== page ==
“There are moments of magic all the time in works of art, but I think what happens is that each one of us becomes receptive to them at different times and in different ways.” David Robertson.
For those of us who collaborated on ex Oceano – a love song for the Ocean, to hear what David Robertson, principal conductor of the Sydney Symphony Orchestra, had to say in this lecture is important: affirming of our sense to try to express Ocean science in sound – to envelope the listener, so that they might “feel” something of the power and significance of the Ocean to all our lives. Read about the Making of a Symphony here.
We invite you to reflect on this as you listen to the 2016 Stuart Challender Lecture broadcast on ABC CLASSIC FM 20 August, 2016.
Extract: Robertson describes an experience while listening to Brahms String Sextet No.2 in G major – a piece he knew well –
Suddenly, there was a phrase in the third movement that seemed to reach out and grab me by the soul. It was violent, and as unstoppable as it was surprising. I began to weep and had to work hard to keep myself from sobbing (there were others in the rows right next to me, for heaven’s sake!).
What was going on? Why had this familiar part suddenly become filled with a power so great that I was forced to surrender? What is it about the poem, the painting, the dance gesture, the spoken dramatic line, the musical phrase that can take us beyond ourselves in a way we cannot explain or adequately convey after the fact?
We are, each one of us, filled with so many experiences, fleeting impressions, memories, interior spaces that we barely know are there. Art has the power to unlock who you are. . . .
You are the only one who can have a particular experience of a work of art. You alone bring a privileged combination of your past and your present state of being. The art, of whatever kind, acts as a catalyst in a neurochemical reaction that will not leave you where it found you. . . .
What is fascinating is just how free the associations can be for each of us. It requires us to be receptive not only to the works at hand, but also to ourselves. For this, we often need quiet to really be in the moment. This is the same quiet the composers need to write a piece, the same one the performers need to convey its ineffable meaning. For, as with my Brahms example, the moment of greatest inspiration can suddenly surprise us, like a bird hidden in a thicket bursting out in flight. . . .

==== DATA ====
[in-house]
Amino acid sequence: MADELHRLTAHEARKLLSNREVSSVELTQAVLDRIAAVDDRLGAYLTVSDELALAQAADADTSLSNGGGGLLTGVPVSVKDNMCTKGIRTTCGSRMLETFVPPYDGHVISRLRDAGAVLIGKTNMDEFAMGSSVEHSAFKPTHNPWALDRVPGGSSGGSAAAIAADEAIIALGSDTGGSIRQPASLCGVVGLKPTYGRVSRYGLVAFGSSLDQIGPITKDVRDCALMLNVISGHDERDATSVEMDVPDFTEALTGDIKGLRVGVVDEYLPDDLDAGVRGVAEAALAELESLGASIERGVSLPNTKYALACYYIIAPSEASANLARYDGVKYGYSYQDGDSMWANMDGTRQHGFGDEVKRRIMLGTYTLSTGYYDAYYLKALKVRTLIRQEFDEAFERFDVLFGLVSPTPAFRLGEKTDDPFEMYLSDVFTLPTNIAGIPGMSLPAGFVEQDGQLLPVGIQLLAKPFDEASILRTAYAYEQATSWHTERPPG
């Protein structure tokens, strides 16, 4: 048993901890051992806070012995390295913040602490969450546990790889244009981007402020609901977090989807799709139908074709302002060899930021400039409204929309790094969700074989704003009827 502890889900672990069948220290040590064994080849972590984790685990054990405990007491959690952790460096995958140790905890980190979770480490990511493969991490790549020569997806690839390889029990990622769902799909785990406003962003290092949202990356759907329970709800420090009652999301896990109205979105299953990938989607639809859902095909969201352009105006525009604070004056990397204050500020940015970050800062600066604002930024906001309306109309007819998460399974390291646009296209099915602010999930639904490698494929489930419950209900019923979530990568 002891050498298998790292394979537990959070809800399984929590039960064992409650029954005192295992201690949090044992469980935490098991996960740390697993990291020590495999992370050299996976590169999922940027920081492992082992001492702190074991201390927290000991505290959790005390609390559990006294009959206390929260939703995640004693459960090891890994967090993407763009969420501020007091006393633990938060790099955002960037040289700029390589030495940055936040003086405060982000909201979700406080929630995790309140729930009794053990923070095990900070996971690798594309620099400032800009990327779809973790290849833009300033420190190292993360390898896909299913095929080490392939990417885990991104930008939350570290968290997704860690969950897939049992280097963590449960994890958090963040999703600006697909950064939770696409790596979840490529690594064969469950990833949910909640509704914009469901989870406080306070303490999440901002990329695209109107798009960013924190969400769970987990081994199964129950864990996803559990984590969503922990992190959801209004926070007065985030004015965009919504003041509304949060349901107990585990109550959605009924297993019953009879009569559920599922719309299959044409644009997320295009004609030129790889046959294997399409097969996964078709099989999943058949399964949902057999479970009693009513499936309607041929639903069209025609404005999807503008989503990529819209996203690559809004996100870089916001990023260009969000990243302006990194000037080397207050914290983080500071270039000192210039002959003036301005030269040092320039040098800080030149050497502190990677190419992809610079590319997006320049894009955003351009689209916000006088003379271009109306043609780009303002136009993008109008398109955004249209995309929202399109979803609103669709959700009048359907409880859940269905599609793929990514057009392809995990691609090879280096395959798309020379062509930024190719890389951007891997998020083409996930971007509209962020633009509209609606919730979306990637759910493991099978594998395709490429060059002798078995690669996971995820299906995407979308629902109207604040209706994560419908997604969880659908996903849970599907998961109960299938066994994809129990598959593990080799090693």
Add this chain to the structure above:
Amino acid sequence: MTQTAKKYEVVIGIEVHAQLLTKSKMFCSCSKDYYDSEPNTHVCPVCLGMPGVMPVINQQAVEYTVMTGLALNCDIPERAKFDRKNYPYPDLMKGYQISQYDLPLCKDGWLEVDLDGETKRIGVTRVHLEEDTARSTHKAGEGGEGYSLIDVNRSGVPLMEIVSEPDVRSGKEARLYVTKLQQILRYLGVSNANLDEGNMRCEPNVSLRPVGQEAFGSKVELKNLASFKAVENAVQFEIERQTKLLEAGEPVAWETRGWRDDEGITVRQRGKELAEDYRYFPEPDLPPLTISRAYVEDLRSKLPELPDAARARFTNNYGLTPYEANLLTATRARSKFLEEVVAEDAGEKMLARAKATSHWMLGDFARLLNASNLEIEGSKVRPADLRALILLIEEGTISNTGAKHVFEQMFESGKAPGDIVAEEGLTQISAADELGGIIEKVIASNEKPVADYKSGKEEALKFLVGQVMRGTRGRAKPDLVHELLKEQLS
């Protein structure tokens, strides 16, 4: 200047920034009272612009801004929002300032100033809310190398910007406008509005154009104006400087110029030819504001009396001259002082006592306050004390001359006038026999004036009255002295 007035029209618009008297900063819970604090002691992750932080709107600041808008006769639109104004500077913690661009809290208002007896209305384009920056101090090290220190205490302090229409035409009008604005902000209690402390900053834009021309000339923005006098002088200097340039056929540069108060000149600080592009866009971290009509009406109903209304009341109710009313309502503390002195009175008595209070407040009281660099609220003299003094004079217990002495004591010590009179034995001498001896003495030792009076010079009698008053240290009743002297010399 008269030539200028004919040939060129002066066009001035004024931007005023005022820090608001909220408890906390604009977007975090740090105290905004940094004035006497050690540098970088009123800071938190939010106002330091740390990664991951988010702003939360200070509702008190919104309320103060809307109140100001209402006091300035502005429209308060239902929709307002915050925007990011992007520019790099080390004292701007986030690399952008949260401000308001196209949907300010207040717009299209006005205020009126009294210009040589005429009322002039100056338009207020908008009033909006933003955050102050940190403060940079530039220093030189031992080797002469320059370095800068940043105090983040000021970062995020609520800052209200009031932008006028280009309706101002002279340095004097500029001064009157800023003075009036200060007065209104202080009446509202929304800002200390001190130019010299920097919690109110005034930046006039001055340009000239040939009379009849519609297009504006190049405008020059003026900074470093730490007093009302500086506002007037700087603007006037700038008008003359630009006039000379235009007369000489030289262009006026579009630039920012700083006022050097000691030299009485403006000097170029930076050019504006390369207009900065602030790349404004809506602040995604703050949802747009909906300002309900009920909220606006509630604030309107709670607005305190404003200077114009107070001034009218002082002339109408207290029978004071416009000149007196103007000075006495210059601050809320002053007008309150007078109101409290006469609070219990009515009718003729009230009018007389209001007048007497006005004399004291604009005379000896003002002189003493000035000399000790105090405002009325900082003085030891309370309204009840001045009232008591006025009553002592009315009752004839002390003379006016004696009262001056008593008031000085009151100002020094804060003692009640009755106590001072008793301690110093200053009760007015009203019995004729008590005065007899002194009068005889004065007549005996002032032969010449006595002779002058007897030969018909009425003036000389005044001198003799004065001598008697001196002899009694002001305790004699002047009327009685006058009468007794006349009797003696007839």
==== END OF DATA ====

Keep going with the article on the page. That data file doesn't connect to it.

Reading these comments reminds me that when Composer, Matthew Dewey and PhD Candidate Nick Roden were in Prague for the recording of ex Oceano, each evening the movement recorded that day was sent electronically to me and Rob Johnston, who was the leader in writing the Science Score. On a particular occasion, Rob donned his head phones to listen to the first movement – and found that somewhere about nine minutes into the work – he was in tears. Isn’t this experience exactly what Robertson is describing? Not only did Rob feel that his science had be heard by the composer, Matthew had expressed it back to him in a way that moved him beyond the “knowing” he had previously had through pure science. Similarly, Nick Roden, listening as he filmed the recording sessions, at times felt the hair on the back of his neck rise and find himself almost fall to his knees in recognising these “sounds of science”. As for myself, as Program Coordinator – the experience was overwhelming; hearing what had emerged from a collaboration between science and the arts, was all I could have hoped for.
Art is the thing that allows all of us to join the highest achievements of the human imagination. With so much evidence of how horribly man can behave, art is the counter balance which restores the soul, uplifts the spirit, inspires us to share what we love, and continues to remind us how lucky we are to be illumined by that light.
Read the lecture here.
Listen to the Music Show interview with David Robertson: He asked ‘Why should you care about art?’, and he discusses the answers with Andrew Ford.
Sunday 7 August 2016 11:10AM (view full episode)